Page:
Risen

risen finalIn a well-written and well-acted scene from Kevin Reynolds and Paul Aiello’s recent film, Risen, the Roman tribune, Clavius (played by Joseph Fiennes), questions one of the guards left to watch the tomb of the crucified Jesus.

The guard, drunk in his cups, has been pardoned by the prefect, Pontius Pilate. Clavius knows that the guard was only pardoned from such a dire offense—falling asleep while on duty—because he has sworn to a purchased tale: Jesus’s followers fell upon the hapless Romans, overcame them, and stole the body.

Clavius then threatens the man to get the truth and in return is given the real story—that the stone blew away from the sepulcher, the ropes and chains exploded, and a new light filled the world. But instead of awe and peace, what the guard witnessed has driven him nearly mad. He clutches at the tribune and whispers, beseechingly, a request:

“Explain it to me.” [Read more…]

God Ponders the Heart

macbethIn Justin Kurzel’s Macbeth, the writers frame the story in such a way that the common motivations are nested within, or are born from, a new one: the story opens upon a Scottish heath—damp, cold, and windblown—where the Thane of Glamis (Michael Fassbender) and his Lady (Marion Cotillard) stand at the graveside of their young child.

The boy has succumbed to some sort of pox, and the grief the parents bear is depicted so that the pain is the kind of blunt, brutal type—the emotional equivalent of a limb cropped away with a pair of dull shears. From now on, the life of “going on” will be as tedious as the life they have just come through, to borrow a line from later in the play.

Of course, this is not in Shakespeare’s work itself, but the writers and director have taken artistic license from a much-debated line spoken by Lady Macbeth when she is encouraging her husband to commit regicide: [Read more…]

The World Beyond the Room

Room MovieThe most obvious analysis of Emma Donoghue’s Room, one of last year’s most heralded films, is on the basis of what it says about imagination.

In the film version of the novel, five-year-old Jack is provided a means by which to live his life through images, crafts, pictures, and stories. That would not be so extraordinary, nor his exceptional character so marked, if it were not for the fact that he has lived his entire existence closed up inside a small shed.

Jack’s mother, who was abducted seven years before by a sexual predator, is his co-prisoner in a world no larger than twelve feet square. But she has made the most of every inch.

A feat of maternal determination makes all of her efforts for him dual-purposed: she has him do exercises with her to stay physically strong, but also to provide him with some concept of distance and space; she has him read aloud from a book to give him an education, but also so that he can access a type of freedom that is otherwise denied; she has him mark his height upon a wall to gauge his growth, but also to give him something to look forward to—a time in which he will outgrow the room. [Read more…]

Evil’s Share

Johann Heinrich FussliIt has been said that one of the most effective means by which evil can have its way is to convince us that we are too abominable to love. It’s not a bad tactic. When our faults are catalogued back to us, the inventory is hair-raising and earth-shattering.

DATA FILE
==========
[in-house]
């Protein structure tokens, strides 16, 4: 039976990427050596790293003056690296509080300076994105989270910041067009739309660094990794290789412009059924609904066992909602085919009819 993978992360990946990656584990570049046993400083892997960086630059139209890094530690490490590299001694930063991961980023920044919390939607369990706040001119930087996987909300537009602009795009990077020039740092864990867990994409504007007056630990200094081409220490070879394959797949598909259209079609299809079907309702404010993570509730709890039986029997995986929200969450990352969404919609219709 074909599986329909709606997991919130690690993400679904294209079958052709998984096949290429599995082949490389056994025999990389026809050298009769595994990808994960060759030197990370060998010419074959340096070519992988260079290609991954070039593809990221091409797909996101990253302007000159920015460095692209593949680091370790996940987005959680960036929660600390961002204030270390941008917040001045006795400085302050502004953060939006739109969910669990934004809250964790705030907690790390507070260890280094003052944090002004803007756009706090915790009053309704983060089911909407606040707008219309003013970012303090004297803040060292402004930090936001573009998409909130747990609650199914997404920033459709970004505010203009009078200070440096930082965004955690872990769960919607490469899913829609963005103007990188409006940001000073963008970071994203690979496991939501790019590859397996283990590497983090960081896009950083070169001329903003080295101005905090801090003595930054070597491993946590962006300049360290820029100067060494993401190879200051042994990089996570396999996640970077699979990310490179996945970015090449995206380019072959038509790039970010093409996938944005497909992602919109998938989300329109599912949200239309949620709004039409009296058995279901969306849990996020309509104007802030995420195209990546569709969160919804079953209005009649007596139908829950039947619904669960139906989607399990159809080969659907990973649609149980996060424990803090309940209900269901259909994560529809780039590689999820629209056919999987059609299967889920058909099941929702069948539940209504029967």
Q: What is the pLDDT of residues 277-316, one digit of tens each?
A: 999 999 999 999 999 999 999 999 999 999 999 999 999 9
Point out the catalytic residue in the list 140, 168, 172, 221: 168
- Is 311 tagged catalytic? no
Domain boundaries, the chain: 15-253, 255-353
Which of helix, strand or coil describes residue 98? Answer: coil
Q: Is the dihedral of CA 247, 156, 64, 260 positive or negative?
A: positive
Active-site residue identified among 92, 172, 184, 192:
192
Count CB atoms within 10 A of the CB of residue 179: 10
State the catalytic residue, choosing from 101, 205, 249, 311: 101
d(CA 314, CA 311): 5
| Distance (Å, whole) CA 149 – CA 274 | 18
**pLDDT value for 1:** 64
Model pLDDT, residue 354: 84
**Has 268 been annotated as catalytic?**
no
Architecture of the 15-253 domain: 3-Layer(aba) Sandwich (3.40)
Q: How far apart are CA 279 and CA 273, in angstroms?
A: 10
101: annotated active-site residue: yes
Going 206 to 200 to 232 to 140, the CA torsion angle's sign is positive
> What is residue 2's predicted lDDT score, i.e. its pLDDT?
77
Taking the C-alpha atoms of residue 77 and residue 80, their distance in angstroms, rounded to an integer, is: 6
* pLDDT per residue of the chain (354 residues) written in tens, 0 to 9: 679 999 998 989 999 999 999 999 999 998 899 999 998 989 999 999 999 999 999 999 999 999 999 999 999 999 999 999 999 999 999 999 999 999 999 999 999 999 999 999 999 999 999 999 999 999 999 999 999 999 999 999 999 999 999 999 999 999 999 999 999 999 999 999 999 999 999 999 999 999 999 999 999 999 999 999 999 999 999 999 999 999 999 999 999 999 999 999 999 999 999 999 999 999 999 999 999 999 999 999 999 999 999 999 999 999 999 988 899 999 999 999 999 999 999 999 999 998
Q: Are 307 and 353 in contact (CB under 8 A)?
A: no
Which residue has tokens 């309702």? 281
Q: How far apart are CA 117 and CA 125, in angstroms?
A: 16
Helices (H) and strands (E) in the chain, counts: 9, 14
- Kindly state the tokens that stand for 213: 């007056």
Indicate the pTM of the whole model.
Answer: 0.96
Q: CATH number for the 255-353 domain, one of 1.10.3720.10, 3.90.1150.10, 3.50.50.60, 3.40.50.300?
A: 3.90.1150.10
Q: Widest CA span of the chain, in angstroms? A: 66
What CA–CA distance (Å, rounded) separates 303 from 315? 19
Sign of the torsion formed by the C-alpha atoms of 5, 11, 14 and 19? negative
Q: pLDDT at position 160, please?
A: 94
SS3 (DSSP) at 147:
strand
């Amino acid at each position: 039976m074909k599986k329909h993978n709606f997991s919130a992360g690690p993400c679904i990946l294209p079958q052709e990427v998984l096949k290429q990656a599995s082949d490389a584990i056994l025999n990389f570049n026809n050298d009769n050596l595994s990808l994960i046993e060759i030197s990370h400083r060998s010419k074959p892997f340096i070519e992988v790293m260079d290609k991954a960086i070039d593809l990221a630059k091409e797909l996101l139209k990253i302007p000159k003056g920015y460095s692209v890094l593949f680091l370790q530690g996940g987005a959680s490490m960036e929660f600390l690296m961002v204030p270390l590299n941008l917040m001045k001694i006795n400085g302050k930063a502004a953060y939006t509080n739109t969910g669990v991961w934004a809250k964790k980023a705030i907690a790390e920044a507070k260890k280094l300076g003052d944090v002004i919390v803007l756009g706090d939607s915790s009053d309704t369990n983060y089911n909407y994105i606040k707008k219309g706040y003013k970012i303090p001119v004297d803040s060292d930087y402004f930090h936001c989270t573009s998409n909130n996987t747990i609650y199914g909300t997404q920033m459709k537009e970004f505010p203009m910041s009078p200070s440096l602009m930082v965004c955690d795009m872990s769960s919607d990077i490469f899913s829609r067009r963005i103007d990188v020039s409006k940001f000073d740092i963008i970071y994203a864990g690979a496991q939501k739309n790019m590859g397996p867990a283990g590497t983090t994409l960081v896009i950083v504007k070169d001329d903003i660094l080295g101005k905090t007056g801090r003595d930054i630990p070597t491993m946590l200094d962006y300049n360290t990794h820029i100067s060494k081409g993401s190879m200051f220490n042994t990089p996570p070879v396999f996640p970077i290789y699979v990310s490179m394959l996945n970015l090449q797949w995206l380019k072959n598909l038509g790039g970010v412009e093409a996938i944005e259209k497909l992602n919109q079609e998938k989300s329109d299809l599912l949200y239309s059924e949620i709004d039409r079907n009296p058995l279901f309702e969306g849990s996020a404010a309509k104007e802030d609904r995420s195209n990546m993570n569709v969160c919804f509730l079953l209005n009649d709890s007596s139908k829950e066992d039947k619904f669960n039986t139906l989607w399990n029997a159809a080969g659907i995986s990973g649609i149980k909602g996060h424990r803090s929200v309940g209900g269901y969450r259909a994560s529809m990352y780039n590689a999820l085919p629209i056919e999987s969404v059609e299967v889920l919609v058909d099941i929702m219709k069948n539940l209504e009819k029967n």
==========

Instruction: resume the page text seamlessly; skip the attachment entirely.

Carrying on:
This is one of the methods attributed to demons, unsurprisingly; they shock the conscious self through the exposition of things it knows but won’t look at, has suspected but never acknowledged. This takes the self to a place from which it is loath to return. Amazed at the true level of its depravity, it exacts a self-imposed exile and seeks its own annihilation.

And yet, for all of the destructiveness wrought by the demonic motive, there is something searching about it as well—a hunger perversely akin to the longing of those who seek a better end. Evil desires its level, but can only destroy it in the attainment. A famous literary work supplies the example. [Read more…]

There Must Be a Word for This

Summer Country LandNow spring has come again, the season that’s best for hope. Post-Lenten promises are fresh as a baby’s breathing, and the failures that eventually spoil them are as far away as the height of summer’s heat.

Hope can make us believe in endings as well as beginnings, in the idea that we can accomplish the hard tasks of life and see them to the finish.

“It will get done,” says hope, settling a resolve into our hearts. “Despite all, it will get done.”

However, as usual, I get pensive about things coming to a close. When years of labor spent in achieving something are about to meet resolution, there’s part of me that puts on the brakes—not strong enough to stop the momentum, but strong enough to set my mind churning.

“What now?” becomes the question. Achievement ends purpose, and purpose gives meaning. When foundering around for purpose, we can’t help but feel disoriented.

I’ve heard people express what I’m describing along these lines: “Without what I’ve been doing for so long, I expect I’ll be a bit lost.” And that feeling is all the more profound when the end is an event more necessary than relished, more required than sought. [Read more…]


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